Get A study on the Ratnagotravibhaga (Uttaratantra) PDF

By Jikido Takasaki

The Ratnagotravibhaga, sometimes called the Uttaratantra, is the single Indian treatise dedicated to the Mahayana doctrine of Tathagatagarbha, or the thought that every one beings own inside of themselves the virtues and knowledge of a Tathagata, or Buddha, albeit in embryonic shape (garbha). the current paintings, first released in 1966 and the following reprinted for the 1st time, offers the single entire English translation of this crucial textual content.

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Extra info for A study on the Ratnagotravibhaga (Uttaratantra)

Sample text

The Ratnagotravibhāga but even in this case, if one may discuss the matter apart from the religious feeling* the Buddha is regarded as * impersonal', the manifestation of the truth, since he realized the truth and his essence or nature as being ' buddha ' lies in his realization (' bodhi ') of the truth. Thus the absolutization of the Buddha consists in making the Buddha impersonal and this Buddha as the Absolute is called ' dharmakāya'. At the same time, the term ' buddha ' is originally applicable to any person as an adjetive.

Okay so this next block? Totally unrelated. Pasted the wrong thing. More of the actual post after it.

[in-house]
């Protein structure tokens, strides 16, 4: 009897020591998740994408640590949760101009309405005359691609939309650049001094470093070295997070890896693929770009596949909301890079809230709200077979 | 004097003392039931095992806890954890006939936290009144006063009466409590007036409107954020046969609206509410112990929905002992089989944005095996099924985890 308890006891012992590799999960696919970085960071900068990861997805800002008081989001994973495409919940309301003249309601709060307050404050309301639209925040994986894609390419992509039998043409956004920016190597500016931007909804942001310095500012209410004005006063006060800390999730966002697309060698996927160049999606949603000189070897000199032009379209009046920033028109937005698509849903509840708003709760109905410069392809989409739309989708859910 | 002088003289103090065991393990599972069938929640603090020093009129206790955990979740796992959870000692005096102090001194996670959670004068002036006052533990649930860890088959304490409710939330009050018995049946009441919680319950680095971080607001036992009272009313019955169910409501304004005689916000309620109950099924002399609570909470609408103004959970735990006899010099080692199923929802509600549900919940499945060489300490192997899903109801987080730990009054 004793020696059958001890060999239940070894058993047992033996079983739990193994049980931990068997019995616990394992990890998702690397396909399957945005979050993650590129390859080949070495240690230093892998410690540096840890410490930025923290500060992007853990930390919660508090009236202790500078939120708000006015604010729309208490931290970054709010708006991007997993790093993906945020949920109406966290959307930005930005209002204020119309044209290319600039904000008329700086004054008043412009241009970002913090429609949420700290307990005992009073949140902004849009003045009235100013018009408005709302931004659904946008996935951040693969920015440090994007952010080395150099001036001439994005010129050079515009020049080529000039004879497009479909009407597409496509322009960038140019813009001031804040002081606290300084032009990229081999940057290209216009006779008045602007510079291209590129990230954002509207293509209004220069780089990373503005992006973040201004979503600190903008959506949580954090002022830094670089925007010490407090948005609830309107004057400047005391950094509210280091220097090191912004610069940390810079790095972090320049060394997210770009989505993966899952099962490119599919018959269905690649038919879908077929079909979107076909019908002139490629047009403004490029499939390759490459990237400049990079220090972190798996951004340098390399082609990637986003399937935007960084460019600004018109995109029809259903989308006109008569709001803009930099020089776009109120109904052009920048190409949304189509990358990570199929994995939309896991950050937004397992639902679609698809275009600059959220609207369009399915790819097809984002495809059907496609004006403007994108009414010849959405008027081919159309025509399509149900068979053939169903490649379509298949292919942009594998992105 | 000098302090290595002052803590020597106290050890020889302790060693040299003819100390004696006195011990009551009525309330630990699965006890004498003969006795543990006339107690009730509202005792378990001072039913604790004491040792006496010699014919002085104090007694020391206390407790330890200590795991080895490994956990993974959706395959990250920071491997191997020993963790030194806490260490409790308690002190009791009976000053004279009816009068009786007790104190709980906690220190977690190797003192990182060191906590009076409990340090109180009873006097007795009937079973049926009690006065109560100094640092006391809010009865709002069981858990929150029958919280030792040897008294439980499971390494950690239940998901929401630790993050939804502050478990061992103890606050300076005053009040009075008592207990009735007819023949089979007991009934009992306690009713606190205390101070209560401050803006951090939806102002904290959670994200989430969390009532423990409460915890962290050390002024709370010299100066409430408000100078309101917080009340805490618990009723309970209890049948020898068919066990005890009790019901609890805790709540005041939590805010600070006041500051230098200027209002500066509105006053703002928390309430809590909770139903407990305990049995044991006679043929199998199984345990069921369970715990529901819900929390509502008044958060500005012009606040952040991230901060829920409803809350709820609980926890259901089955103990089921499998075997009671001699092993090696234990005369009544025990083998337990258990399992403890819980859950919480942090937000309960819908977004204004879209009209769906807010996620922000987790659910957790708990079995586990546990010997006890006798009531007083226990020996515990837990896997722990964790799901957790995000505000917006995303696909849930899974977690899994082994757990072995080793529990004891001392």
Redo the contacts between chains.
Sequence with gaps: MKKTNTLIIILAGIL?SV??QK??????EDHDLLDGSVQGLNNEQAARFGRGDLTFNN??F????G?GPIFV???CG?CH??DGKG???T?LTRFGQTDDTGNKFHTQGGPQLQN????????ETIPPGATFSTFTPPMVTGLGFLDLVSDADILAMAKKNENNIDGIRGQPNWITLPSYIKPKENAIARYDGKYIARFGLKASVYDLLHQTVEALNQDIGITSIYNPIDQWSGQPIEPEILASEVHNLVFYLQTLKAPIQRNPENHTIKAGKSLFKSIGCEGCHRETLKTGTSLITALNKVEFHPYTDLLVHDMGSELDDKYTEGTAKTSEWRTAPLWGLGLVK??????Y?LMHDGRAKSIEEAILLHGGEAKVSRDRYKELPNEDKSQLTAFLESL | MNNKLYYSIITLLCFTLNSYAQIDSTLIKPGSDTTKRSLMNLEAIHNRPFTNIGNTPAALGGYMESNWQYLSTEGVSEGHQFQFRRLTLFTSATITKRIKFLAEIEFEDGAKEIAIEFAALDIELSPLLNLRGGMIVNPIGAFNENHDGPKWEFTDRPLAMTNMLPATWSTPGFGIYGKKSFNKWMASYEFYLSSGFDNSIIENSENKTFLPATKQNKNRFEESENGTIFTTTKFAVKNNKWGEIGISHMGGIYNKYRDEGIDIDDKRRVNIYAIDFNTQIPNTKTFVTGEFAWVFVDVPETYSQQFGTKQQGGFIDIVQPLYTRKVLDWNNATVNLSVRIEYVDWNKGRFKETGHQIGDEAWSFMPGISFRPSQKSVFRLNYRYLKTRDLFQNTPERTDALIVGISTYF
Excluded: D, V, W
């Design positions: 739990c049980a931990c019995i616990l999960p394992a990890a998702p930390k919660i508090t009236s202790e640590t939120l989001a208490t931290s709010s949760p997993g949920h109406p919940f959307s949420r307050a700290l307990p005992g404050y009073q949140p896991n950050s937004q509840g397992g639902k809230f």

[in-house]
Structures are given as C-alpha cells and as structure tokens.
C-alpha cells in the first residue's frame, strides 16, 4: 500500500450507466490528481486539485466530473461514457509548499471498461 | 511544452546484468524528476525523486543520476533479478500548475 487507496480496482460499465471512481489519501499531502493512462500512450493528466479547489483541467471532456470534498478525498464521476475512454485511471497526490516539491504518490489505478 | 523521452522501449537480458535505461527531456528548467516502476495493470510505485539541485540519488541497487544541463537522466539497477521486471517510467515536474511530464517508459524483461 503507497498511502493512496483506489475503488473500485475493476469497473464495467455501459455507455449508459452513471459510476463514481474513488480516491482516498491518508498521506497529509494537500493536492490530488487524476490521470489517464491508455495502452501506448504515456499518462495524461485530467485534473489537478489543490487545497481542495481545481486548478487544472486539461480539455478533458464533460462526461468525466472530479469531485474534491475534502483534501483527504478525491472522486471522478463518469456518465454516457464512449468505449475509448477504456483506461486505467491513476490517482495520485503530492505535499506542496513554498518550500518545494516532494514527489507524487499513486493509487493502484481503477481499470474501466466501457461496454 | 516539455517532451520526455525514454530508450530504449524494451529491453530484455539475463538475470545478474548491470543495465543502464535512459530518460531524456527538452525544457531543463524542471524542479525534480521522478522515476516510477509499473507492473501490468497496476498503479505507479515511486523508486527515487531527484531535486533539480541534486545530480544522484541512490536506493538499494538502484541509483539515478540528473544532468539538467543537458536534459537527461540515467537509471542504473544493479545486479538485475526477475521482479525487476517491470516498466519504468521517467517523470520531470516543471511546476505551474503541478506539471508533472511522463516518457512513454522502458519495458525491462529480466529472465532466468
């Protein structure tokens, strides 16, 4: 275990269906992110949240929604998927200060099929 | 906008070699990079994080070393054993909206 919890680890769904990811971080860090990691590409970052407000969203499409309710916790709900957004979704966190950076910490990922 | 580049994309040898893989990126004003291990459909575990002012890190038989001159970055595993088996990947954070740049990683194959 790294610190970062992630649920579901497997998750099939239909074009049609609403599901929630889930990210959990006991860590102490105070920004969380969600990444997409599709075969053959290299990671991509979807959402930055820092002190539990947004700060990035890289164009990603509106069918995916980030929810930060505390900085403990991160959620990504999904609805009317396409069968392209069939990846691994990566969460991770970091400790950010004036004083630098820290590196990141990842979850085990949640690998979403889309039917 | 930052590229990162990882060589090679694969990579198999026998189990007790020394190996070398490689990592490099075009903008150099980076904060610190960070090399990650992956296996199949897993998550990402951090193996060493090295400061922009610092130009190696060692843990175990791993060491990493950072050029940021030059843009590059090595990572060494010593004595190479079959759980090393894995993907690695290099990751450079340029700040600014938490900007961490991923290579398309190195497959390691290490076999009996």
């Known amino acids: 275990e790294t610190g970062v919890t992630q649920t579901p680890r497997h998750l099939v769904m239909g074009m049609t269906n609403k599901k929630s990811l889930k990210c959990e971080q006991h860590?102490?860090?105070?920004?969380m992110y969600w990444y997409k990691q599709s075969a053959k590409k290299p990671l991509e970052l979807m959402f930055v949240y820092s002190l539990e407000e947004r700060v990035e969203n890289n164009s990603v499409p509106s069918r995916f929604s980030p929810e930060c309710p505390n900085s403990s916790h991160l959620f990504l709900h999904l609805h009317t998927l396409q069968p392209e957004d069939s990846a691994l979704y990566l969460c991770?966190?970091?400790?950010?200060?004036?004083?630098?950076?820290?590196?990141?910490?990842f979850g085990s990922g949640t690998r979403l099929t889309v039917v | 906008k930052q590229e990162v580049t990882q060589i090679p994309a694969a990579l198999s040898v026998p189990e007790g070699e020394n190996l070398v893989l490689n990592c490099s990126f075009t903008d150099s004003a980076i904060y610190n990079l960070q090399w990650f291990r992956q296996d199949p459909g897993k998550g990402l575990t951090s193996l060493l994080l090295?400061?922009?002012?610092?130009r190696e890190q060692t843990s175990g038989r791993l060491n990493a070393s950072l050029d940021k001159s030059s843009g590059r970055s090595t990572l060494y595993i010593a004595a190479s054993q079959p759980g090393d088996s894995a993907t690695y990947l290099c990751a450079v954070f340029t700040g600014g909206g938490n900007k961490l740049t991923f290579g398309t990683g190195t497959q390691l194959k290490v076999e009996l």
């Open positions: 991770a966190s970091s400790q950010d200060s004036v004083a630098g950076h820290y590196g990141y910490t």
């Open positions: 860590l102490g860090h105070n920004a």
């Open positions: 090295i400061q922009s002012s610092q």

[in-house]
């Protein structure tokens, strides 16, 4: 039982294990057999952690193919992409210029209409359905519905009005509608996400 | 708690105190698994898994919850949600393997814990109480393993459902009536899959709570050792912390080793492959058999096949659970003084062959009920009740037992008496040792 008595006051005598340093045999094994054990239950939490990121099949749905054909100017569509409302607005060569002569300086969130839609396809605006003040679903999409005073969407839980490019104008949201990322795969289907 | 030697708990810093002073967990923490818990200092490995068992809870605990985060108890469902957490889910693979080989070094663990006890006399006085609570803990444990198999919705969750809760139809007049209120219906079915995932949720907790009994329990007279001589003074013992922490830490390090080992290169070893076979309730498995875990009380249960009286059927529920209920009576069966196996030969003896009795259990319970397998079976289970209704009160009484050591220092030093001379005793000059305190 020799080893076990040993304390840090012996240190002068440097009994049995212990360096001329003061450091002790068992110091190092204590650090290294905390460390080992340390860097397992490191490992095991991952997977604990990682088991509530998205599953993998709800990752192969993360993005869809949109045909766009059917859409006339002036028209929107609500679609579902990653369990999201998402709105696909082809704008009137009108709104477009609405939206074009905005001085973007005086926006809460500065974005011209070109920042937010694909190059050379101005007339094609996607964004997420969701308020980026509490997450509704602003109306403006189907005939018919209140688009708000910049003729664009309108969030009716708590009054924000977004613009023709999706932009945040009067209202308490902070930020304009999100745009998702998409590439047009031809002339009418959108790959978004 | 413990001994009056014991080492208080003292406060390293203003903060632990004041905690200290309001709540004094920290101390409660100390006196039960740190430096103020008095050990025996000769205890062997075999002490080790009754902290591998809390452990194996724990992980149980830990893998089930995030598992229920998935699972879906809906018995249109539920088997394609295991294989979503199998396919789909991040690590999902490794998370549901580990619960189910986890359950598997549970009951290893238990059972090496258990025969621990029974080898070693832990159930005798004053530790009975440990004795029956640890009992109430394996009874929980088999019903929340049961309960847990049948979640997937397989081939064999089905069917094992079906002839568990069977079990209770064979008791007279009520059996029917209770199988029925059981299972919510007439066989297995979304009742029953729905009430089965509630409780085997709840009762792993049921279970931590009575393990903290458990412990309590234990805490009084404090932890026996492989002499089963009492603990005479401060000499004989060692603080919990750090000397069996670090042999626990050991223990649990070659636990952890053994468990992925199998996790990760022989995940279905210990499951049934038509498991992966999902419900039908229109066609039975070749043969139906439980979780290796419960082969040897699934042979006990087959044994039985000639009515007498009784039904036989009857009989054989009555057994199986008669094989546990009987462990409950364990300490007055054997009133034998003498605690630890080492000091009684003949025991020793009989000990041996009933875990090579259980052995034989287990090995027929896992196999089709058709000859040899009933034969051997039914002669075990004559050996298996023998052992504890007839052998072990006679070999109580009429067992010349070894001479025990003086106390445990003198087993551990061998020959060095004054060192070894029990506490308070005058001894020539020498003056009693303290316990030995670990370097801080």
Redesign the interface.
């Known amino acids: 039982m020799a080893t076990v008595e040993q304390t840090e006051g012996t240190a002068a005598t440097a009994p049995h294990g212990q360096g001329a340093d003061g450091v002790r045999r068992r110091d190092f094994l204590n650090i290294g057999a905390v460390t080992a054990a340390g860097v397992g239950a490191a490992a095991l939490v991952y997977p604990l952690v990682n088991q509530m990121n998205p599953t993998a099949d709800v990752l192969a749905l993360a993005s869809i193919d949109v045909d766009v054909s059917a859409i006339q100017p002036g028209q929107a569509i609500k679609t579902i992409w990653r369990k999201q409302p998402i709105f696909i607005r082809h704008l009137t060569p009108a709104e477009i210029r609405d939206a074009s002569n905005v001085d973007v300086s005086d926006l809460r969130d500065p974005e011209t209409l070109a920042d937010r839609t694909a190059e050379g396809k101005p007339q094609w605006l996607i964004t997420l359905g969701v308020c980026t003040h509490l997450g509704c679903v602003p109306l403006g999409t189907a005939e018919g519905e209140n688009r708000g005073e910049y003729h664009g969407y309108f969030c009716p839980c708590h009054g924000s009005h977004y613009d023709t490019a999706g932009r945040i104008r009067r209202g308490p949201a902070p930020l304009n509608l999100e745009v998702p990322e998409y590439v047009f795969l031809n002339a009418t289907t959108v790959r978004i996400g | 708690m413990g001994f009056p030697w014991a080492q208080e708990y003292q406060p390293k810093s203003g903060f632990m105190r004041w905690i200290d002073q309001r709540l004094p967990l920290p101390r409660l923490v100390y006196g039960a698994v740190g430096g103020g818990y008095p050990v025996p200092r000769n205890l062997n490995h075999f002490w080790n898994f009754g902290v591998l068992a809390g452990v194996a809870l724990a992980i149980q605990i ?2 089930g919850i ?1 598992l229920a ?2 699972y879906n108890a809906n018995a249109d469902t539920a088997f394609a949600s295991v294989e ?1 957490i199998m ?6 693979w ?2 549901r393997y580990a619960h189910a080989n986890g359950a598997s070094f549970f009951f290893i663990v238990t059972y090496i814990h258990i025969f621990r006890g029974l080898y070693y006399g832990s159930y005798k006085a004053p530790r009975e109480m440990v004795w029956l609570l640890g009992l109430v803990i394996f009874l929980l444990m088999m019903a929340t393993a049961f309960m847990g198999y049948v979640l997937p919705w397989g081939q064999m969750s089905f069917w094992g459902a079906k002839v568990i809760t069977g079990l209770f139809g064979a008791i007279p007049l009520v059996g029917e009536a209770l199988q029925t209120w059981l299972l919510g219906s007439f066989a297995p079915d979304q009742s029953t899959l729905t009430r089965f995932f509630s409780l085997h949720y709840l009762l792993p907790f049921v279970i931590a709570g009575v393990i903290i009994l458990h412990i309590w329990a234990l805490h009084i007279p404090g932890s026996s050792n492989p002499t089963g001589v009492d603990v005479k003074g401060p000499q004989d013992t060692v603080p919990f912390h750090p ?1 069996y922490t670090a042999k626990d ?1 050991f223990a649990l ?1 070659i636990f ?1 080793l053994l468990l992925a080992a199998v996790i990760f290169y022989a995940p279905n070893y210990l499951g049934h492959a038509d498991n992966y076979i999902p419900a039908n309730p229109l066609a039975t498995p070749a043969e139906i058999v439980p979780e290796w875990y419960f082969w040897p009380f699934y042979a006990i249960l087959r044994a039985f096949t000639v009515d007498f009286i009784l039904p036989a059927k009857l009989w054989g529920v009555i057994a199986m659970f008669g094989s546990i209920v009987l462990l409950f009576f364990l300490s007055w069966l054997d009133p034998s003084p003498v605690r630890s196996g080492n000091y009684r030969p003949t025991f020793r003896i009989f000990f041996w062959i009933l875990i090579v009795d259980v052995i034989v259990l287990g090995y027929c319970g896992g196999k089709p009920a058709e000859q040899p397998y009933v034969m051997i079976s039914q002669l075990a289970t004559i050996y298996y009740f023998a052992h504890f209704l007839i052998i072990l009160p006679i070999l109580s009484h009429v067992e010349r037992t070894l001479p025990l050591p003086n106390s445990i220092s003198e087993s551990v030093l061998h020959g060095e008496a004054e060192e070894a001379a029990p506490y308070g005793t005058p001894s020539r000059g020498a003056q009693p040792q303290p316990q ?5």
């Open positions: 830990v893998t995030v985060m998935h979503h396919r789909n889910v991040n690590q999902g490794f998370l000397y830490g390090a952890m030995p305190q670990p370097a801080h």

This same nature is called ' gotra ' or ' dhātu ' and the existence of this nature is explained by the expression ' dharmakāyapa~ rispharanatā'' or ibuddhajñānântargama''-tva. Besides ' buddha ' and ' bodhi', there is another important term for the Buddhist Absolute. It is ' nirvana '. This term was absolutized even in the Pali and in the Adhidharma Buddhism as an idea contrary to samsāra and is stated to be the realm of peace (' śāntipatha '). Mahāyāna Buddhism rebelled against the dualistic conception of Nirvana and Satnsāra and emphasized the oneness of both in the sense that Nirvana is the only reality; and Nirvana was regarded as synonymous with ' dharmatā', ' dharmadhātu', or ' dharmakāya'.

This relationship is expressed in another couple of terms, samalā tathatā and nirmalā tathatā. Here, the difference between two aspects is shown by each attribute, samalā and nirmalā, while the identity of both is expressed by the term tathatā. Tathatā, the Absolute, is characterized as nirmalā in comparison with gotra, though it is common to both. Here we may notice that there are two aspects of the Absolute, and for the 'result'-aspect, the Absolute as in common with the 42) The relationship between the Absolute and attributes is often expressed by the term ' avinirbhāga, amuktajña (avinirmuktajñāna) (p.

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A study on the Ratnagotravibhaga (Uttaratantra) by Jikido Takasaki


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